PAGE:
Parents' Guide to

The Lost Rainforest: Mez's Magic

By Carrie R. Wheadon, Common Sense Media Reviewer

age 9+

Action-packed but scattered tale of magic talking animals.

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While there's lots of action for kids to enjoy in this rainforest-set tale, it's lacking both a strong narrator to hold the story together and a kid-friendly tone when animals speak. Author Eliot Schrefer, who's known for animal-focused tales, is heading into a fantasy-laden realm with Mez's Magic. He stays tight to all his animal characters as they're introduced, which works OK. But as the story reaches the ziggurat and there's a mythology to explore, important setup gets lost when the story is seen through young animal eyes. And two objects in particular -- the sun and moon pieces needed for a ritual to save them all -- are barely described, and barely followed up on. This is confusing, considering their importance.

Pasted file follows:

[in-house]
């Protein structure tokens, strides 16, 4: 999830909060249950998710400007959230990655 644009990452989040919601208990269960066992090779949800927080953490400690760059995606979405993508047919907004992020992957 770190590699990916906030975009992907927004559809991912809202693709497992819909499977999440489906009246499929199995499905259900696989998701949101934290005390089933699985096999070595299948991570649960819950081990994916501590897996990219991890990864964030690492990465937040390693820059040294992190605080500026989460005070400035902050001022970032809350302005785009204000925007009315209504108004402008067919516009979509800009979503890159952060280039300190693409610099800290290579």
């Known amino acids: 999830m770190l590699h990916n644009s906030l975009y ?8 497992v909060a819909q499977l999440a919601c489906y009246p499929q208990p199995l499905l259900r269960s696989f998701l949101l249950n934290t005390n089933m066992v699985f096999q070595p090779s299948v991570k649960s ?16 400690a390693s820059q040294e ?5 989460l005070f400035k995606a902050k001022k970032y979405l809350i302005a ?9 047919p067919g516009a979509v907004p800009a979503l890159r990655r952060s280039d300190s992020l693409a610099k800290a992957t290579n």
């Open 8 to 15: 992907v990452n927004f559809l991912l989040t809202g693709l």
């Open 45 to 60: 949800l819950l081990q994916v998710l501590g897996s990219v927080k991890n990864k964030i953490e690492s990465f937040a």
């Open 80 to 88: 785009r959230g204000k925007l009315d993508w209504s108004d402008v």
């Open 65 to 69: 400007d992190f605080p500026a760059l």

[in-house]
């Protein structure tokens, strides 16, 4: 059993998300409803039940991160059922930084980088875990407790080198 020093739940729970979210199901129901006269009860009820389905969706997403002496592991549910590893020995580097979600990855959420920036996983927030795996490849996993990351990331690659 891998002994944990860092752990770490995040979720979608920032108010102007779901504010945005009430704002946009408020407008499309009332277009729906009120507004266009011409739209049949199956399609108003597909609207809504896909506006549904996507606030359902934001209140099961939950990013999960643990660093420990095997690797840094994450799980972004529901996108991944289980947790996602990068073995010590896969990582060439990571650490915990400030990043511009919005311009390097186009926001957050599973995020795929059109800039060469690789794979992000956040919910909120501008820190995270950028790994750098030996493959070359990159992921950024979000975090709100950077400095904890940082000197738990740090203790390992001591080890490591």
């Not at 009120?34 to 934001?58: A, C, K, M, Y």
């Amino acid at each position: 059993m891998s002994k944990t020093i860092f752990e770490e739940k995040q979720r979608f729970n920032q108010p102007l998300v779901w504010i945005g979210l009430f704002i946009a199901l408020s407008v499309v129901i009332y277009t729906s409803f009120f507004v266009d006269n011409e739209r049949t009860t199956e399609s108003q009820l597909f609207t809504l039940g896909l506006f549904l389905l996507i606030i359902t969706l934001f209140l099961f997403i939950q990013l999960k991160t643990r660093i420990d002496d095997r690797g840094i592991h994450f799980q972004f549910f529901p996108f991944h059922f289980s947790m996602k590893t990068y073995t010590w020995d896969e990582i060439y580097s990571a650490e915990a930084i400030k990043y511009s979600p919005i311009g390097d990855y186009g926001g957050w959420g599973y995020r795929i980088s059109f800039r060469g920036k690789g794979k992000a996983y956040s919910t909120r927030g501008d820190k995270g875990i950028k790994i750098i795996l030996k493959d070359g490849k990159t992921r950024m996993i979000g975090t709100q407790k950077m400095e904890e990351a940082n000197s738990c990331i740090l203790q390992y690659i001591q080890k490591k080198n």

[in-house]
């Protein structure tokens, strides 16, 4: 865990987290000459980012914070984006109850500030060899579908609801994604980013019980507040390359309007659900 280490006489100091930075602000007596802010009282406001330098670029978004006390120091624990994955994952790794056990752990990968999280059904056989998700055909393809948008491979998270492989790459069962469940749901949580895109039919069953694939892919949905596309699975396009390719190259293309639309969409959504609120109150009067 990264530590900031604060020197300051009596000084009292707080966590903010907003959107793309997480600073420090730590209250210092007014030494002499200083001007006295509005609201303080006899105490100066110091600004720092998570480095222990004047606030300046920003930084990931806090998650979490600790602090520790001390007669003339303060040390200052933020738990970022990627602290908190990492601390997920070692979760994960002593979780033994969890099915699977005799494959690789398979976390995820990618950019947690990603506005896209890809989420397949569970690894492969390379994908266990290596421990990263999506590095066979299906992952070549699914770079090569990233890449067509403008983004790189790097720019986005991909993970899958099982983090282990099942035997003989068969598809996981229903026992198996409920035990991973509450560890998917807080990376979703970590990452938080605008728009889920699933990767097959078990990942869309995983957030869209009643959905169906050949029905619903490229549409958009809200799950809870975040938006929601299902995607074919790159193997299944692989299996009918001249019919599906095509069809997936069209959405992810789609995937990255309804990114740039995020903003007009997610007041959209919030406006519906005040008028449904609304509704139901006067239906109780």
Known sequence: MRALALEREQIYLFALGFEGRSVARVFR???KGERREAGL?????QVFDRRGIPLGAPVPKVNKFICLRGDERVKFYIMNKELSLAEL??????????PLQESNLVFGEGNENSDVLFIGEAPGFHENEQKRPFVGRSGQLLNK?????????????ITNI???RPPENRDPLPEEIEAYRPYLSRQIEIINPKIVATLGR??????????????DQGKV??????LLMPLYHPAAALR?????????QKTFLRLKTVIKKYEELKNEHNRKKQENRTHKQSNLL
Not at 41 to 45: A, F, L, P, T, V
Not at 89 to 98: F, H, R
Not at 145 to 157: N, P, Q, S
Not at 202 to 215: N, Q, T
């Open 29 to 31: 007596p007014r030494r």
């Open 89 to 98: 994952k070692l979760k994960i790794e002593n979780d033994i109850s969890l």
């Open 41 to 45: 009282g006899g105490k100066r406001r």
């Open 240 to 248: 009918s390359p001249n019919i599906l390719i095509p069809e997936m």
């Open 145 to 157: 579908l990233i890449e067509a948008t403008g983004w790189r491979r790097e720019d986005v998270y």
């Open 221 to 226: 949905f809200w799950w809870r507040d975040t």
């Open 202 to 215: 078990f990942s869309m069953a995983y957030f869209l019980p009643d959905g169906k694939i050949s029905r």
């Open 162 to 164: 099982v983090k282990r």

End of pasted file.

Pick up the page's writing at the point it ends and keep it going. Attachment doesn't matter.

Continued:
Something that truly went awry here was the animal dialogue. These young animals sound like psychotherapists -- except for the monkey who shouts "holy monkey butts." That was a relief. A mother vole says to her children, "Let them go about their business without gawking at them. It's what we'd hope for if the roles were reversed." Another animal talks about being "on the defensive." A frog says, "[For] moment-to-moment decisions I'd rather cede to someone else ... for our general leadership needs." The frog is supposed to be a bit uppity and chatty, but most characters end up sounding just the same. Any psychotherapist will tell you, the more you intellectualize, the further you get from real feelings. This dialogue pulls the animals away from real character growth and distracts the reader.

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